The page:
The Medical Board of Australia has been given new powers to immediately suspend or impose conditions on doctors even if they are not an immediate threat to patient safety.
The powers allow the watchdog to take immediate action against any doctor on the grounds of “public interest”.
However, the definition of public interest has not been given a specific definition in the legislative amendments which passed in Queensland Parliament this week.
The only example cited by the amendments is when a doctor is charged with a serious criminal offence unrelated to their practice for which “immediate action is required to be taken to maintain public confidence in the provision of services by health practitioners”.
The change is significant.
Under the existing law, the Medical Board of Australia can only take immediate action if the doctor or medical student’s conduct, performance or health poses a “serious risk” that requires immediate intervention to protect public health or safety.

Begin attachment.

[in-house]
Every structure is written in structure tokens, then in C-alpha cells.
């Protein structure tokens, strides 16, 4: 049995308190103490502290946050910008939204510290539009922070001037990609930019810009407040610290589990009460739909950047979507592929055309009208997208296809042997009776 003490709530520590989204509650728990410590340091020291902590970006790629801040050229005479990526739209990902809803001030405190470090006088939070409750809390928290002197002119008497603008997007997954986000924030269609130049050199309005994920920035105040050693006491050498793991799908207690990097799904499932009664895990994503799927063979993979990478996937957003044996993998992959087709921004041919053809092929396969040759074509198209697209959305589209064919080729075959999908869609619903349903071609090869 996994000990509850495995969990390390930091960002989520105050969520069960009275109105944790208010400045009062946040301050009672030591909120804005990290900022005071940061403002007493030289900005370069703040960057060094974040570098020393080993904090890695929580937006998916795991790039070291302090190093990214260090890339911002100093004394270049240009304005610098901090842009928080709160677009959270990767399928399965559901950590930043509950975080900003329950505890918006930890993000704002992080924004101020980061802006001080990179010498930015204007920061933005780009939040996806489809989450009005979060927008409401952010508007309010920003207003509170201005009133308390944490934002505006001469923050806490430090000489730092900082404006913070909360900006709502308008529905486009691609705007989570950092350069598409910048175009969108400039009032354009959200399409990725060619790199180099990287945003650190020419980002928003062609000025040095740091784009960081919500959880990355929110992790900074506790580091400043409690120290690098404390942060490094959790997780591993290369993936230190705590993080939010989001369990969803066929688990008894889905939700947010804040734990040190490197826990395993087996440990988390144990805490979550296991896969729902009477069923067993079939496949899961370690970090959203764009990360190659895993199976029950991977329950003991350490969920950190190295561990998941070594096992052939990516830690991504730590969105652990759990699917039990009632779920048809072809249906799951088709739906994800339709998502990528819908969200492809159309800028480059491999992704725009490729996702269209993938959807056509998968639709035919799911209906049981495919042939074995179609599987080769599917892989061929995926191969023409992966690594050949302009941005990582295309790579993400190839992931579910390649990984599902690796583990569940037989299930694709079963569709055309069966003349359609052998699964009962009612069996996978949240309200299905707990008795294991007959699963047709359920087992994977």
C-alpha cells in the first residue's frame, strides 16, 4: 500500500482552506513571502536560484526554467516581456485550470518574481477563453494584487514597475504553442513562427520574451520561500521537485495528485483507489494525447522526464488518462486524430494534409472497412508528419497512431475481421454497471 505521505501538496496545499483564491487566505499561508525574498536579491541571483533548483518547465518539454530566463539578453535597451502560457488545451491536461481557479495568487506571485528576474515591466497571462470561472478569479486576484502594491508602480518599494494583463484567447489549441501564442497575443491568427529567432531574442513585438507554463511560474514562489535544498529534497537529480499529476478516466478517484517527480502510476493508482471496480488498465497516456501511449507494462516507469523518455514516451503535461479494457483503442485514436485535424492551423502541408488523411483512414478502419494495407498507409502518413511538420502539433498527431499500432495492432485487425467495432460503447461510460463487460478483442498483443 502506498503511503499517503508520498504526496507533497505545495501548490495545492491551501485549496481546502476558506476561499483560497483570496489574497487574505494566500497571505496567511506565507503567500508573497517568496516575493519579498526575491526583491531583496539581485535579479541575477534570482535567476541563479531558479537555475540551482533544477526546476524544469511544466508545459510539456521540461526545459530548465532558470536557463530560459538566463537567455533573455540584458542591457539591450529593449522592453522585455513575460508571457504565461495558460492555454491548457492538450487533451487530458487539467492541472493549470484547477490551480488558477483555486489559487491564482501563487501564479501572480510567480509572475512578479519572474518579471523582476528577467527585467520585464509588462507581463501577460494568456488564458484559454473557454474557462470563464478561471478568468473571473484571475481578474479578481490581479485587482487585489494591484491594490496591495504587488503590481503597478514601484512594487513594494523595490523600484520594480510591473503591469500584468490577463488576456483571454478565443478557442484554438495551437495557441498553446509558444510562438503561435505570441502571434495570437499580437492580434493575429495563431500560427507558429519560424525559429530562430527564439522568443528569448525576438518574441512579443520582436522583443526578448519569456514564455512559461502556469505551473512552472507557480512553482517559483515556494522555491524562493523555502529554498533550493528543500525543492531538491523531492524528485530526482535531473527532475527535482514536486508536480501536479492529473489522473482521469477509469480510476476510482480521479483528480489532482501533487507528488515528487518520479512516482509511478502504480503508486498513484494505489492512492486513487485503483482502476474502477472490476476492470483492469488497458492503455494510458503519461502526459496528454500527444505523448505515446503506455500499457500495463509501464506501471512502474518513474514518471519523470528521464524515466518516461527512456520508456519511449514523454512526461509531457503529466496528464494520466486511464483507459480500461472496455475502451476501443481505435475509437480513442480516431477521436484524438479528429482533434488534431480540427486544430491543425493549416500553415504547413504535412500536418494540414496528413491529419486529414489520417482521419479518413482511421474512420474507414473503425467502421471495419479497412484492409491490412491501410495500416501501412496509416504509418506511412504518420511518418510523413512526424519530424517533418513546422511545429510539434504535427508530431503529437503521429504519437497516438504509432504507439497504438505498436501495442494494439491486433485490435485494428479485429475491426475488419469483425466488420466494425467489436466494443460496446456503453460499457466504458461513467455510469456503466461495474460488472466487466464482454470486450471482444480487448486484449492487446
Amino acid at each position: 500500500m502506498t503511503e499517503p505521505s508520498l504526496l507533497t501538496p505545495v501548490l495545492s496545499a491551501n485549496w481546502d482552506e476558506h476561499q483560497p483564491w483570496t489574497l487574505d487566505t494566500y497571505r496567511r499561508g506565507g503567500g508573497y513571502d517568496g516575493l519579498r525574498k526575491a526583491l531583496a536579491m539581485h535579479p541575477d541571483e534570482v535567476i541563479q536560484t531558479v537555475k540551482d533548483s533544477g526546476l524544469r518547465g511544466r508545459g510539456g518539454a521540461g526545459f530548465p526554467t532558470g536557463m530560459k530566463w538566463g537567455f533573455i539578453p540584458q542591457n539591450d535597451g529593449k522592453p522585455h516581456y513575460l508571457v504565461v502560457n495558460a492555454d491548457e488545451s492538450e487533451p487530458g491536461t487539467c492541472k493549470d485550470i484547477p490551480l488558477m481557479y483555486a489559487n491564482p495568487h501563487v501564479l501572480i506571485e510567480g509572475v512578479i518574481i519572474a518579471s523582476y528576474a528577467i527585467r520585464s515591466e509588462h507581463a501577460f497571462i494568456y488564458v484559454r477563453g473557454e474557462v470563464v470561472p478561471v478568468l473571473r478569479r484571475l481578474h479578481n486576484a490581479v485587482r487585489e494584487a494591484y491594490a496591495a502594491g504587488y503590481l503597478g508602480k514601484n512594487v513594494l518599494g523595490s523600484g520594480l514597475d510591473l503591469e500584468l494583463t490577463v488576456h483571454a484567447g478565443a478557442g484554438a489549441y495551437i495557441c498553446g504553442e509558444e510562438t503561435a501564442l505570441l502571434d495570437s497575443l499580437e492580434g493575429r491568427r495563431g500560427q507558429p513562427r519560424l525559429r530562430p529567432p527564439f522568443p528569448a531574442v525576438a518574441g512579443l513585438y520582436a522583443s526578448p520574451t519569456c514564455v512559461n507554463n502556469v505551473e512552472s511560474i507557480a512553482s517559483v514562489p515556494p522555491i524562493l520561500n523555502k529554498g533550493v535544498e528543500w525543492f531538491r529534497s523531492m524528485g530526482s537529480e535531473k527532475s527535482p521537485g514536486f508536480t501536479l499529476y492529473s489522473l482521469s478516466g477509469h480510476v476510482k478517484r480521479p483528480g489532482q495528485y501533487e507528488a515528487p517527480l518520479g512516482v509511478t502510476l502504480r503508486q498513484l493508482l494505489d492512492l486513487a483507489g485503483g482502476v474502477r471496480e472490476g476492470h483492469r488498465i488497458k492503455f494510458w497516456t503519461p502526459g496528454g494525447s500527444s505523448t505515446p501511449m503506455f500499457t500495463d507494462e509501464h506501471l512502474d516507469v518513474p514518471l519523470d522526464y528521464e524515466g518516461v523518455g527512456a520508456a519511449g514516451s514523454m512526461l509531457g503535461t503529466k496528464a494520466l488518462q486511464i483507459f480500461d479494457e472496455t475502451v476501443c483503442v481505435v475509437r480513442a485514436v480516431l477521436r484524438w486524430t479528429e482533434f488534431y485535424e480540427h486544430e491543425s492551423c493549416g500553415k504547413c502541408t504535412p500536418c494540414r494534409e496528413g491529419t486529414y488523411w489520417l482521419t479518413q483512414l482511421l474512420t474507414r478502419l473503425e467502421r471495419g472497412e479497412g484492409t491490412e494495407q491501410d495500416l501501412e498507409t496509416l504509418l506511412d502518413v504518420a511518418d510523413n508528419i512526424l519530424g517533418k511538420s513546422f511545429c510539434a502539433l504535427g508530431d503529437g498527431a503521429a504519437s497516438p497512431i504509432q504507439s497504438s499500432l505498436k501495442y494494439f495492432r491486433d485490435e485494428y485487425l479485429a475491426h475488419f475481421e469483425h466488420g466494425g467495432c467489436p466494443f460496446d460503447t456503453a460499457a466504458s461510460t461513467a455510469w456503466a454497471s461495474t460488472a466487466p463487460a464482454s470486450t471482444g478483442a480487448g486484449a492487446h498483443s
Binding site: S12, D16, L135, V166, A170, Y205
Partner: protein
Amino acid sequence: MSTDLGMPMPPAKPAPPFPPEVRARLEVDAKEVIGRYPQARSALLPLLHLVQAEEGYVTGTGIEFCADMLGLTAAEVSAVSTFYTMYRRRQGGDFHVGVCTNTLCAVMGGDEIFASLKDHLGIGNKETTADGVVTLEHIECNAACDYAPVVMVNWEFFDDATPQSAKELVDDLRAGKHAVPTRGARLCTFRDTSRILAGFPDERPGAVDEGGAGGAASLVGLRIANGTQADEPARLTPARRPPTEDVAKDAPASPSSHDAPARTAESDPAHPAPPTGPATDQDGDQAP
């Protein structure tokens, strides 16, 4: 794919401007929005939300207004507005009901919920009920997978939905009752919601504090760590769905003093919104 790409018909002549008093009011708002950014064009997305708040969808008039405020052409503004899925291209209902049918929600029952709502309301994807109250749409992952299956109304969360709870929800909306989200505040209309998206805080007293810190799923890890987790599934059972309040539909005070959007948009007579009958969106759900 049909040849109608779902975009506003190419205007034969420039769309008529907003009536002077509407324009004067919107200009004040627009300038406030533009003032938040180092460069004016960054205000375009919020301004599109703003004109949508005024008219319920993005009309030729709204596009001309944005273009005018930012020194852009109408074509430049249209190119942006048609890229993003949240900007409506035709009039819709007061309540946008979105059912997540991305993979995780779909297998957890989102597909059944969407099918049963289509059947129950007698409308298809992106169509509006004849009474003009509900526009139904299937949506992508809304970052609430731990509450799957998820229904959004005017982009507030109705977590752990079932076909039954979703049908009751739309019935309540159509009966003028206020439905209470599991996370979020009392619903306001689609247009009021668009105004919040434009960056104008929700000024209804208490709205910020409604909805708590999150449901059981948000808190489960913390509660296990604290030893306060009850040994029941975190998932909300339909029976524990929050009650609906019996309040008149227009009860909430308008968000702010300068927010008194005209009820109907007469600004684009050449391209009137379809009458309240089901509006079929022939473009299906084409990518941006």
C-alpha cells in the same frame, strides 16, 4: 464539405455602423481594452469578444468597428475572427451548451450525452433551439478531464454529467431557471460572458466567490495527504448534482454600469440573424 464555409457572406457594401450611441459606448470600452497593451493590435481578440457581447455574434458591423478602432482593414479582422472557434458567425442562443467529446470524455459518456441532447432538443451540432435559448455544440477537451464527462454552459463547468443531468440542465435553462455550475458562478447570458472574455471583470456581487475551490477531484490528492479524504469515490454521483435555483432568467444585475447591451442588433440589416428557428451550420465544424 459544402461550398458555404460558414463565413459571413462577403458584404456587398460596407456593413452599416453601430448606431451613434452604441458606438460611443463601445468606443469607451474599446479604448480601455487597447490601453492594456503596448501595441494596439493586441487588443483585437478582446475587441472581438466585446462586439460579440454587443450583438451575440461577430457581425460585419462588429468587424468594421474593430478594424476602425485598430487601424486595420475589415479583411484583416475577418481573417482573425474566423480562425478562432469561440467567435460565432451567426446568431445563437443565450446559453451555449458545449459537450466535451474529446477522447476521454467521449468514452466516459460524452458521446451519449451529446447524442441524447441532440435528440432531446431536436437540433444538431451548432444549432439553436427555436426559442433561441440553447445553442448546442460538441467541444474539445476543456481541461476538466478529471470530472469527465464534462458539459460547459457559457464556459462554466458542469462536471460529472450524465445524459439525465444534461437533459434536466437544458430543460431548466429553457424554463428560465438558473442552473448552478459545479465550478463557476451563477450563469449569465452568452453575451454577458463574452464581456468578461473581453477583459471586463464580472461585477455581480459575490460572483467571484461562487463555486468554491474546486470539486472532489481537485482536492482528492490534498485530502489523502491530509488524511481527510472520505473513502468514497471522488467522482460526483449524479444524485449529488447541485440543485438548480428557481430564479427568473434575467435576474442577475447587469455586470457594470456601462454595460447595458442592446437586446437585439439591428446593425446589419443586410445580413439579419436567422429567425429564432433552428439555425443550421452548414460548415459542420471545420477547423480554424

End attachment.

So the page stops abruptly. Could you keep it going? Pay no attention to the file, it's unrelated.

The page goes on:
The amendment, following its passage through the Queensland Parliament, will apply in all states and territories except WA and SA, which must pass their own laws to effect the changes.
In a statement this week AHPRA CEO Martin Fletcher said the changes mean “extra protection for the public”.
“The changes will strengthen our management of notifications so we can better meet community expectations of regulation to ensure patient safety,” he said.
The amendment will also apply to all other health professions regulated by AHPRA.
Other changes to the National Law include the national registration of paramedics, which is expected to start in 2018.
Meanwhile, the Medical Board has also raised its annual registration fee to $742.
The last financial year was the first year since AHPRA began that fees had not increased, remaining frozen on $724. The fresh hike is an increase of 2%.